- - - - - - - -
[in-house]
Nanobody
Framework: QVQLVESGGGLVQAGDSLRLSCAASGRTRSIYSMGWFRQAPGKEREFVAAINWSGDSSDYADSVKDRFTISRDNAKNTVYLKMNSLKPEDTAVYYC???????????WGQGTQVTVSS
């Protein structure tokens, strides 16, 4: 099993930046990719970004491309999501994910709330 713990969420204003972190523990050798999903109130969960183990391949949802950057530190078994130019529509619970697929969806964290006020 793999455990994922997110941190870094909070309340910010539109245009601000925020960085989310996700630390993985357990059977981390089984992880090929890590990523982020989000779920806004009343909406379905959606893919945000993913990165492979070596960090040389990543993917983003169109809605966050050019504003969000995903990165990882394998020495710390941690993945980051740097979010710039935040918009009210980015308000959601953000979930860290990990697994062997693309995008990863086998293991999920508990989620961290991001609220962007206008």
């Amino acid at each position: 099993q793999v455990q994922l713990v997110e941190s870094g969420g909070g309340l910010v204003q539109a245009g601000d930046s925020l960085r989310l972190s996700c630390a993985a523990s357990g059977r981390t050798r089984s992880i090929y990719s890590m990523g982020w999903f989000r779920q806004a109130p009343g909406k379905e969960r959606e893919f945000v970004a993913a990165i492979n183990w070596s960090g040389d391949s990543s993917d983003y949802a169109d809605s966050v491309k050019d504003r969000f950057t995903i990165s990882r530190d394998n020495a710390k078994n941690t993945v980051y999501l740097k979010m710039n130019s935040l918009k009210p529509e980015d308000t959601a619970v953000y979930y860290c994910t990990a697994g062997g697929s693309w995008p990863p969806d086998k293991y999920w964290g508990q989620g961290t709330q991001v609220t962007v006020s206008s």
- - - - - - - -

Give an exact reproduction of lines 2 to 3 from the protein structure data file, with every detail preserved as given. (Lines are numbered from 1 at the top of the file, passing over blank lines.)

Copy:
Nanobody
Framework: QVQLVESGGGLVQAGDSLRLSCAASGRTRSIYSMGWFRQAPGKEREFVAAINWSGDSSDYADSVKDRFTISRDNAKNTVYLKMNSLKPEDTAVYYC???????????WGQGTQVTVSS